When a divorce goes to court, the litigation process may be lengthy, expensive and deeply stressful to both parents and children. Divorce mediation offers a potentially healthier alternative when ex-spouses are willing to try to work together.

During mediation, a neutral third-party advisor assists both partners in negotiating important details about property division, custody, support payments and other issues. In addition to providing legal guidance, the mediator tries to help divorcing spouses to communicate and resolve both emotional and financial needs and goals.

However, divorce almost inevitably involves intense emotions, even when both partners want to separate on good terms. Here are a few quick tips to help those considering mediation.

1. Keep communication focused

Mediation often works best when couples can agree to a collaborative rather than combative approach. Feelings of frustration and antagonism are natural, but they can easily sideline a potentially constructive conversation. Before each mediation session, it may be helpful to make a simple list of items or issues that are especially important to keep communication focused.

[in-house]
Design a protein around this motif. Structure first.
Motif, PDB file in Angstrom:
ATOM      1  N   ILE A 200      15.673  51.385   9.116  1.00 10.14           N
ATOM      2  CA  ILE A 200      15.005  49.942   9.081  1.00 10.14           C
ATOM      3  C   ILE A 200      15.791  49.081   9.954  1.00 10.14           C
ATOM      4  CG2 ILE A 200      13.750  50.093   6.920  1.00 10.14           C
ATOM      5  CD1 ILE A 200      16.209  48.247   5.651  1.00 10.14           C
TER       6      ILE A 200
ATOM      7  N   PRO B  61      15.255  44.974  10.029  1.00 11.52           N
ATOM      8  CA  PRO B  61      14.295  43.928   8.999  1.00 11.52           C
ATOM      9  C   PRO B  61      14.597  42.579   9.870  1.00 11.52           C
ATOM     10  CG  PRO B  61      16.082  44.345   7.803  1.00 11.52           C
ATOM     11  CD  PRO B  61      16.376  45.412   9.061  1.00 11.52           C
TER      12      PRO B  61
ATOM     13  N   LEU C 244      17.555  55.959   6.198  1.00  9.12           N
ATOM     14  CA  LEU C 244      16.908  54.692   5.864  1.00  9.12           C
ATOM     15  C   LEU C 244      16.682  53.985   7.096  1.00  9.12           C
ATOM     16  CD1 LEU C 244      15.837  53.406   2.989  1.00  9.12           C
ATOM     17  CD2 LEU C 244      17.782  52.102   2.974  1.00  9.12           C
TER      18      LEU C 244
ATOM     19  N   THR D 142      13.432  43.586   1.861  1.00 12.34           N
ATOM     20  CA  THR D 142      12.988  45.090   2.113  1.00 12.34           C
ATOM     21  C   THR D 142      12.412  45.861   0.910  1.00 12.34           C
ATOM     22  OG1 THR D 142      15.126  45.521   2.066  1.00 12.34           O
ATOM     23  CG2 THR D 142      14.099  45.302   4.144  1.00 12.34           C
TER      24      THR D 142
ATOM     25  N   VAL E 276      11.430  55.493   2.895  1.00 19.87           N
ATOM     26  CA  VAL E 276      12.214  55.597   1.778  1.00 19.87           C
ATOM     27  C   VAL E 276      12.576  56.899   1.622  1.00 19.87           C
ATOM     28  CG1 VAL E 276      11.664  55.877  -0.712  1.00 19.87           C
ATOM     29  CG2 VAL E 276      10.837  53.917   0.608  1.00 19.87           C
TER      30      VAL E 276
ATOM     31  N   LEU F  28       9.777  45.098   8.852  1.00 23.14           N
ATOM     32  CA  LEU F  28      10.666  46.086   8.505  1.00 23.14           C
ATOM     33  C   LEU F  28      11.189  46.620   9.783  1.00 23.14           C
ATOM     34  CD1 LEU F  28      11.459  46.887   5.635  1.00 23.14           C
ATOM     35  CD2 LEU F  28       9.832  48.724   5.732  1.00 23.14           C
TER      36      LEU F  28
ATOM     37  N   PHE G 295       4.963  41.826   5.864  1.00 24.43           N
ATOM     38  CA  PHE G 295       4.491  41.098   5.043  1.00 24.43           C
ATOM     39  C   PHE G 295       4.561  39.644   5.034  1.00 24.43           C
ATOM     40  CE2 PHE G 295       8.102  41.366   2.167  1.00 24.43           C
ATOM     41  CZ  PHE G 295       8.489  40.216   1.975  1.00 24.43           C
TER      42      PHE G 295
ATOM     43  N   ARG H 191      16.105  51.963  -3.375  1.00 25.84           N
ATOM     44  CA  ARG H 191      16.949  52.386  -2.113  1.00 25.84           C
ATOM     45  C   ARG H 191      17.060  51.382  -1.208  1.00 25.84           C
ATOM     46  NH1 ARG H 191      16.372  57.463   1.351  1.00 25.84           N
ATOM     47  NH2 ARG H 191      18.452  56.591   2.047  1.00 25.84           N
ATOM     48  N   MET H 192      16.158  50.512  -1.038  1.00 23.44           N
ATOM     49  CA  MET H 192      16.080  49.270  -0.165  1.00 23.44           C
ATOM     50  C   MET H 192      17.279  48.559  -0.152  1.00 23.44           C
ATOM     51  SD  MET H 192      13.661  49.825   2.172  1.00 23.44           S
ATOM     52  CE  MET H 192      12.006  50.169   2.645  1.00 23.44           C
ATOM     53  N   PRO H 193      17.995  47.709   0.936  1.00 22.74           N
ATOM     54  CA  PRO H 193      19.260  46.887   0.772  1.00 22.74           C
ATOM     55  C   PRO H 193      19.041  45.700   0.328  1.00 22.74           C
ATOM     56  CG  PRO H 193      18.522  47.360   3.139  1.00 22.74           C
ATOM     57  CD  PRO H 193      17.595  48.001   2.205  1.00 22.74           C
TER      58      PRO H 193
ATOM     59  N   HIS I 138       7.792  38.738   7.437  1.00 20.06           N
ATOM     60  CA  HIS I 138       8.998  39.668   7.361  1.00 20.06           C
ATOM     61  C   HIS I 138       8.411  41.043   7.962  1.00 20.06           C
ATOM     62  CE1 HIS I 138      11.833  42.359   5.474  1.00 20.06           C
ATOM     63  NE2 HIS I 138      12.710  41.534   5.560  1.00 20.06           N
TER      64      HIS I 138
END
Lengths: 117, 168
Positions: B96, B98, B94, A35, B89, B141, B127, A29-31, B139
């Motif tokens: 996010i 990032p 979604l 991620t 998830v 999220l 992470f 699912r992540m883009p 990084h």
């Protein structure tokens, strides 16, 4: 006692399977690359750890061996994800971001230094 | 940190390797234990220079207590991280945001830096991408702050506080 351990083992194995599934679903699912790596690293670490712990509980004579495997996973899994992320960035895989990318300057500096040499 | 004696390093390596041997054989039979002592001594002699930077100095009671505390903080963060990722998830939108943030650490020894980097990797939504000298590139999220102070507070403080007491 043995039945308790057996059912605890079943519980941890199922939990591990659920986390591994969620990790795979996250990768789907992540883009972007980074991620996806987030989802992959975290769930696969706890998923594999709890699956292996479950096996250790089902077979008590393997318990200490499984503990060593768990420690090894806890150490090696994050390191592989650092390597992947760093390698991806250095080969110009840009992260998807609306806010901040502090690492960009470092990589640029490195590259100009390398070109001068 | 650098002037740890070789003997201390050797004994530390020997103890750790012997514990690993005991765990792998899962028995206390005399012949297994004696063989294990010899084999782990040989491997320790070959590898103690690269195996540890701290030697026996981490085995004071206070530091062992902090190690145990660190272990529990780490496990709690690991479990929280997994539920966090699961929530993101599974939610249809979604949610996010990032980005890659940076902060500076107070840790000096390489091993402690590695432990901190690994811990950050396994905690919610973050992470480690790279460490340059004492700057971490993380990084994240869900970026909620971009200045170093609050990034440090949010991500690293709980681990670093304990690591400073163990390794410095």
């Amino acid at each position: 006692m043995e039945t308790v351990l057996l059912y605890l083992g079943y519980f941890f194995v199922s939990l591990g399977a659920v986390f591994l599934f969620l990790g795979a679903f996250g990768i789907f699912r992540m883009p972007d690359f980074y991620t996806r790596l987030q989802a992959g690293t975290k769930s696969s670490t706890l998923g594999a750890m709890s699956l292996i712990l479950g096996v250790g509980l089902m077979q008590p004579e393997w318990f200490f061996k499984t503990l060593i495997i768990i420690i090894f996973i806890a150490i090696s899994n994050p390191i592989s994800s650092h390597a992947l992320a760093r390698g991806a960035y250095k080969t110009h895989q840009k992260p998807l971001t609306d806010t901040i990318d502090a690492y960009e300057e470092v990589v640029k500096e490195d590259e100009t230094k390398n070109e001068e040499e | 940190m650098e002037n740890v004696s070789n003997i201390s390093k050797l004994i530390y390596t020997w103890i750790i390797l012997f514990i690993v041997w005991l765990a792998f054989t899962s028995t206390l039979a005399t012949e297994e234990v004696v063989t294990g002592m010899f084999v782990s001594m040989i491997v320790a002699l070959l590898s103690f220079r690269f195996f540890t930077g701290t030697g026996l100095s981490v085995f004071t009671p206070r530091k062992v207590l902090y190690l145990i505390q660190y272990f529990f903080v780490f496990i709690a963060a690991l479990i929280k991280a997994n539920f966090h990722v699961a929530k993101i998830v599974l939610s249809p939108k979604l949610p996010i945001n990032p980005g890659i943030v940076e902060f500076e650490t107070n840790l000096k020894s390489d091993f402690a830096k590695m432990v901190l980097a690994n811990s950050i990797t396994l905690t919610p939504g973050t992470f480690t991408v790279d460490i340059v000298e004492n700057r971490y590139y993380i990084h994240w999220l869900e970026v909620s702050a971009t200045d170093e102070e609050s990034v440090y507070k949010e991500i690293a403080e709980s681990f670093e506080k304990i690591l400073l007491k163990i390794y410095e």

2. Know that difficult is normal

From dividing shared property to deciding on workable parenting plans, divorce inevitably involves making difficult and often complicated decisions. It is perfectly normal to feel overwhelmed at times. Planning to take even a brief break for self-care before or after a mediation meeting may help separating partners to destress and think more clearly.

3. Participate in a parent education program

When a divorce involves mutual children, participating in a parent education program may be invaluable. These programs help families cope with the process of separating and creating a healthy path forward. In addition to teaching co-parenting skills and helping ex-spouses to maintain a respectful relationship, these classes may help to minimize emotional harm to children.

4. Feel free to consult with multiple professionals

Divorce mediators can often refer couples to other professionals during the negotiation process. From tax and financial advisors to child specialists, seeking help from multiple sources may help families struggling with unique circumstances.